With Robert Green dropped I opted to do Algeria attack first half. I had plenty to shoot with England lucky to be going in 0-0 at half time.

The second half came. The England fans began to get restless. England could not break down the Algerians at all. If I had been photographing Japan or someone I would have shot this game differently but each time the England forwards got into the penalty area I used a 70-200mm lens in an attempt to capture a goal.

I missed so many reactions I was not a happy bunny.

I was playing a game of lottery with myself, should I stay on my 400mm and get a nice tight close up reaction image but run the risk of getting the all important moment when a shot or header results in the winning goal and everyone back home going crazy thinking that England are going to win the World Cup??!

© Matthew Ashton/AMA SPORTS PHOTO AGENCY

The referee eventually ended the second half. Rooney went to a TV camera but Frank Lampard blocked my shot. Boos replaced the Vuvuzela as the England team left the field with only a point.

A quick edit was then followed with the task of getting back to the airport. I had sent 102 pictures to the English newspapers. I was getting to the point of sending images for the sake of it. Our return flight awaited us.

11 photographers could not be wrong in waiting at midnight for a bus that did not turn up to take them to the airport.

We had all been told that shuttle busses would transport us back to the airport until 2.30.

WRONG!

The last shuttle bus actually departed at 11.40am.

Thankfully some very helpful and understanding people working in the media centre got us some transport. Getting a taxi was impossible. The roads were blocked for about 3km and they were letting no taxi’s for poor stranded photographers or journalists in at all!

As we passed ex-England manager Graham Taylor giving an open session to journalists on why England had only drawn against the African Champions, our rants were substituted with thank-you’s and praise for the staff who got us on 2 mini vans.

Ito, our Japanese photographer had a flight in less than 90 minutes to Durban for his nations game against the Netherlands the next day. The last thing he needed was to be stranded in Cape Town.

Upon arrival at the airport, friendly Mango Air people accommodated our requests for window seats. One check in lady spotted lots of foreign money in my wallet. I still had some money from Belarus in there from when England actually looked like they were a good team. I gave her 2 notes which equalled to about 10 UK pence.

Following simple and effective security checks – not the utter OTT ones we see at London Heathrow, we sat in a nice restaurant watching the Ghana match. Another nice Belgian journalist sat beside us and we talked a little Belgian football with the excuse that Standard Leige were poor this year was a result of a lack of money.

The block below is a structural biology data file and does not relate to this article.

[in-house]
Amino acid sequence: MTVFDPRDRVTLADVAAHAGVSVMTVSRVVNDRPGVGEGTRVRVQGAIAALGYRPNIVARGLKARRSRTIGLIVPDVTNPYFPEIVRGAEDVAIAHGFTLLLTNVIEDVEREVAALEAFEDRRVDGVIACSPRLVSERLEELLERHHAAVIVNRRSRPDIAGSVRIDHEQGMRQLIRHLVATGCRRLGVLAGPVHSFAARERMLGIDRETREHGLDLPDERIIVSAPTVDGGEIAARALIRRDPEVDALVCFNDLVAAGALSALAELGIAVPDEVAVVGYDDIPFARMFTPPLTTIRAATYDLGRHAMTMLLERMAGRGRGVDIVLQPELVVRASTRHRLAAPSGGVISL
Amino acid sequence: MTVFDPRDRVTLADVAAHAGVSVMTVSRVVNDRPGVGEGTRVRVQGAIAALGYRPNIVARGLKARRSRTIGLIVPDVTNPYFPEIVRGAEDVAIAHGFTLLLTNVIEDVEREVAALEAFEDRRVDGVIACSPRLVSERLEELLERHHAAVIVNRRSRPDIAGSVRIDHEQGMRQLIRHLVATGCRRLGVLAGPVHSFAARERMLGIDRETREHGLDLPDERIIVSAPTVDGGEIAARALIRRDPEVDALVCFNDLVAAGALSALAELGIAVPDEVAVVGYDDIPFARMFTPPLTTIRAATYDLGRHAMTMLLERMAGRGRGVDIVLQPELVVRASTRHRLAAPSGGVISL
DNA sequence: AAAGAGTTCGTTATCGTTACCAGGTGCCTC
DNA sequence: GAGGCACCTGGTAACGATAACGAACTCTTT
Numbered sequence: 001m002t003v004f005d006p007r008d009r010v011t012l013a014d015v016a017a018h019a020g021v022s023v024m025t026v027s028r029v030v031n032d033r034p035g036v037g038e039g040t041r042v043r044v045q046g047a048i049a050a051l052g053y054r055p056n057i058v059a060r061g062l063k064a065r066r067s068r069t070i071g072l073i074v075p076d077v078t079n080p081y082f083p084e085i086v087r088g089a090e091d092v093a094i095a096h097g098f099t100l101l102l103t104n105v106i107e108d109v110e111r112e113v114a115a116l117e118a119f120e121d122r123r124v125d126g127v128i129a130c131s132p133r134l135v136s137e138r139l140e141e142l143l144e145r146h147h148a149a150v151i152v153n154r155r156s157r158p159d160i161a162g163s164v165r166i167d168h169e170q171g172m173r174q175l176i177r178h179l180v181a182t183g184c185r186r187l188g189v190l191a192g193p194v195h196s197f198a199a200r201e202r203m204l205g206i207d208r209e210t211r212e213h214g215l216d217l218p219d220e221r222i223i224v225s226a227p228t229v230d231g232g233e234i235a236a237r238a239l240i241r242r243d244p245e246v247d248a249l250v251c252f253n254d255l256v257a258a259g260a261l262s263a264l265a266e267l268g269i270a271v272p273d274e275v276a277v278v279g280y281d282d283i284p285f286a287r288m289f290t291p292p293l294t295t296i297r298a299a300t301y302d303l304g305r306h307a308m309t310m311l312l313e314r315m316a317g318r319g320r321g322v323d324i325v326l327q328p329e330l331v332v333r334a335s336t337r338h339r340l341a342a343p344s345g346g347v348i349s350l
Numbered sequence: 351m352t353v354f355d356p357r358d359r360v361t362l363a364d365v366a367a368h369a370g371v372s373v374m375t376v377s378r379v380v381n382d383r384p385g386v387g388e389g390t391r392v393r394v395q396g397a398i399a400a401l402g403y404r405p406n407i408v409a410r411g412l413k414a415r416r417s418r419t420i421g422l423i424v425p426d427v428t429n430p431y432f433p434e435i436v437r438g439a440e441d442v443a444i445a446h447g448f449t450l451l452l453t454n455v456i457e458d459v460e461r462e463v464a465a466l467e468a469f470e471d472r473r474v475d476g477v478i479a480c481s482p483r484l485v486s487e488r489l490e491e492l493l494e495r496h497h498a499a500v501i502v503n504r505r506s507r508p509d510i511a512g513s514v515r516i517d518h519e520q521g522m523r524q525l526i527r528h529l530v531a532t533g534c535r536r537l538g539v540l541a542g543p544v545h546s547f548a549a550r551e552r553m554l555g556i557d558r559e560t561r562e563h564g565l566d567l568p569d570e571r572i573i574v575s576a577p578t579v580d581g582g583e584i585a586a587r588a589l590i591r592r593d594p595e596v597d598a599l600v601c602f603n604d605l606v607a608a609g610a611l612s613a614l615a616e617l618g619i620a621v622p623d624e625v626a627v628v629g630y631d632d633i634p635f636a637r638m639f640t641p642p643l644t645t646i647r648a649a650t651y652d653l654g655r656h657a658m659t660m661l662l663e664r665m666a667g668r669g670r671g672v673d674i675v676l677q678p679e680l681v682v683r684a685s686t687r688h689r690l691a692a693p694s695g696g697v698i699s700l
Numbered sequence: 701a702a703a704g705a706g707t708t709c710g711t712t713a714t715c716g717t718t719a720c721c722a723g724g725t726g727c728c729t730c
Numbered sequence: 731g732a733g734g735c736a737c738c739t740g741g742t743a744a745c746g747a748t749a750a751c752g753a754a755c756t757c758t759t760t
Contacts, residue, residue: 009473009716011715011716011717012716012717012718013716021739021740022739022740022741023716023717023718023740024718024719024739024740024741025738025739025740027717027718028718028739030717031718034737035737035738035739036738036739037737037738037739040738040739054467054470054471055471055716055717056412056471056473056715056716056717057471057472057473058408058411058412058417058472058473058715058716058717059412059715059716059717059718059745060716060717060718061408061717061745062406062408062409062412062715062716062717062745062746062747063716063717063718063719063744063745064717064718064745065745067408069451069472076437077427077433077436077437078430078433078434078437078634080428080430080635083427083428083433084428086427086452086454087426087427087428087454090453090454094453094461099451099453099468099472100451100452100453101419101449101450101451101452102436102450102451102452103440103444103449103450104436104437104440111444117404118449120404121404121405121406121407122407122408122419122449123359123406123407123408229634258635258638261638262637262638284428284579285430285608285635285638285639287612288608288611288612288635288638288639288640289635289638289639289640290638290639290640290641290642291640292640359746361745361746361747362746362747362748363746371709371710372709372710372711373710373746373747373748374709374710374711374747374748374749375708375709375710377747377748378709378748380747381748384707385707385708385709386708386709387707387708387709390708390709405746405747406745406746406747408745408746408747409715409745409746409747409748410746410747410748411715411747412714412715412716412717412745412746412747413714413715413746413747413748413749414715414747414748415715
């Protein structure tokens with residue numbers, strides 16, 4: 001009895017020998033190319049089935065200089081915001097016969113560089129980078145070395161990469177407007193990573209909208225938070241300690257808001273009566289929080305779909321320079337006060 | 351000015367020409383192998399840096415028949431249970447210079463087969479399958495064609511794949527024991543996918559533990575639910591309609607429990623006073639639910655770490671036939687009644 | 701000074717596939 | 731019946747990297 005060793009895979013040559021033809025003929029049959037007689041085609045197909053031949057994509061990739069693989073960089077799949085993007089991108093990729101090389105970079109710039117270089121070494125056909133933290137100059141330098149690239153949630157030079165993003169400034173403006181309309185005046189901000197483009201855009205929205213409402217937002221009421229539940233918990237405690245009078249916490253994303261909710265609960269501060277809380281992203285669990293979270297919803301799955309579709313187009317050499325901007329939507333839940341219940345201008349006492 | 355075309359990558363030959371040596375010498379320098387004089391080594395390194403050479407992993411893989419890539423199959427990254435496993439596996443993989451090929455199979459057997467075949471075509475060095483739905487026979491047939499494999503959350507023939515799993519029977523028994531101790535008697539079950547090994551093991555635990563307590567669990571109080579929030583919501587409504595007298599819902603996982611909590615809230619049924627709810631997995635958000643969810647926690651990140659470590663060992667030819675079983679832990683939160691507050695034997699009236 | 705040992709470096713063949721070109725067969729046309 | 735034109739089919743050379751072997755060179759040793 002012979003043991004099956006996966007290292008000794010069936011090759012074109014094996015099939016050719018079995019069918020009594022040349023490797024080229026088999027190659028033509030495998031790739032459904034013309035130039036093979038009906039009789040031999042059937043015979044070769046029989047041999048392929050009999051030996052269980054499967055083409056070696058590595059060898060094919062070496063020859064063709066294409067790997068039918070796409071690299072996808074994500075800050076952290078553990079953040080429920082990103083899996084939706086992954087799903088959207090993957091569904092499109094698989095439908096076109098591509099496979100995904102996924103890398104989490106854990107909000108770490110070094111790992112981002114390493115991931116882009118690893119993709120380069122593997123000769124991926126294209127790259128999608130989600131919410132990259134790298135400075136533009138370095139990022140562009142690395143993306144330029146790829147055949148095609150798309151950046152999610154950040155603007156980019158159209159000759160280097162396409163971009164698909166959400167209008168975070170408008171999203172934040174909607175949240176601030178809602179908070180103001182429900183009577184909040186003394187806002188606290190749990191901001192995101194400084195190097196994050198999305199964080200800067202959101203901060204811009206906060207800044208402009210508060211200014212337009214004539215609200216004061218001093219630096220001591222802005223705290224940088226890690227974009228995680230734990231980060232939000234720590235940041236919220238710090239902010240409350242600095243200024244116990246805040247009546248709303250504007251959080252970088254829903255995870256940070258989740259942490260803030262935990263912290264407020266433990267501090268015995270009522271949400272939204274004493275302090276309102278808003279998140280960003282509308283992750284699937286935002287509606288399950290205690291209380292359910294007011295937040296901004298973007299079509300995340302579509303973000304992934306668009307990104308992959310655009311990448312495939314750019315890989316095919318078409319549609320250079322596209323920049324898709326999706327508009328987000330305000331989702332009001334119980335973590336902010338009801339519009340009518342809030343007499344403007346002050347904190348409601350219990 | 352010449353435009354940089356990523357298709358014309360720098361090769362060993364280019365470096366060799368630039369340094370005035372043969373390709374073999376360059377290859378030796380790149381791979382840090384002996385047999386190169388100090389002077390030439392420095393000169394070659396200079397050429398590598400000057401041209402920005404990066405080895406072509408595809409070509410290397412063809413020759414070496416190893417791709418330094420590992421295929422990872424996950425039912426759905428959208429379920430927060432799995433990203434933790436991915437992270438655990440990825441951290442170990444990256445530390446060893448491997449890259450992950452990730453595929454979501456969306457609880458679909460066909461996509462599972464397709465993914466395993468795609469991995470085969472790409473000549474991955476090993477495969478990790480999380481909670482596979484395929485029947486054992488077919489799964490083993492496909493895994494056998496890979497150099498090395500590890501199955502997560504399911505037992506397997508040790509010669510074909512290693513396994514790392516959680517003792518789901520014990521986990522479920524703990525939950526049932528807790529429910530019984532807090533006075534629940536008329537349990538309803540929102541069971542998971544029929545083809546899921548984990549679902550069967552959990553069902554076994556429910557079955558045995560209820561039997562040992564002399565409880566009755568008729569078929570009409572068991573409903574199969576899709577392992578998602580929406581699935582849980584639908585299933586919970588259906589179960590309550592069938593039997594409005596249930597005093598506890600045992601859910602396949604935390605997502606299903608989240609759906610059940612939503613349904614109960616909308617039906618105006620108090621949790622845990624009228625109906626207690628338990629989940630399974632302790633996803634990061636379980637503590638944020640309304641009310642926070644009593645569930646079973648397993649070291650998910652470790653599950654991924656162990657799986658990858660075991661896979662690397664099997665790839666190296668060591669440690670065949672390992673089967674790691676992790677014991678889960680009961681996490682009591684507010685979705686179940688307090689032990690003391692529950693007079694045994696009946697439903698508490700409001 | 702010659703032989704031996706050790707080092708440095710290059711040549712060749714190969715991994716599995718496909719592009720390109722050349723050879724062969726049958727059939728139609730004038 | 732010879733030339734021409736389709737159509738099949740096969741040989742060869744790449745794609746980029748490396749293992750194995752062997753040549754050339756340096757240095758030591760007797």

At 2.15am we boarded our flight. I sat in 22A. Rested my head against the window and shut my eyes.

The next thing I knew was a big bump and the pilot saying “Welcome to Johannesburg”. I like the fact I sleep well on aeroplanes!

Five of our housemates then re-united in the airport and played the game of finding the car in the airport.

© Matthew Ashton/AMA SPORTS PHOTO AGENCY

24 hours earlier we thought it would be easy to find it! One floor out and going in an elevator one block too early meant that we did not get home until 5.30am.

With the impending sunrise about to happen, I made sure the curtains were firmly closed.

I went to bed wanting to dream about a South Korea v North Korea final. Germany lost today, France are awful, England are terrible, Spain lost the other night. Go Korea I say!

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3 responses to “Day 8 : England v Algeria

  1. Hi Matthew, I’ve been reading your blog since day one. You mentioned a few times about lenses and camera; could you please give us an idea about your most used equipment in the WC cup. rgds john

    • Hi John !
      I do not go around endorsing camera companies. If I was treated in England like the Japanese and Dutch are treated by certain camera companies then I may be more forthcoming in ‘advertising’ the equipment that I use. All I can say is that a good camera does not make you a good photographer. In the old days it was the quality of film that made you produce a good picture – you could use a camera from 1950 and put the most modern film in and get great results. Nowadays you are reliant on chips, and have to cough up more money every time a better camera is launched.

  2. “On most normal days, you can get a flight from Cape Town to the capital of Johannesburg for around £45-£60.”

    “However the World Cup Dollar has resulted in prices being as high as £600.”

    Woo that really something in Africa, though day for u guys, keep the story coming!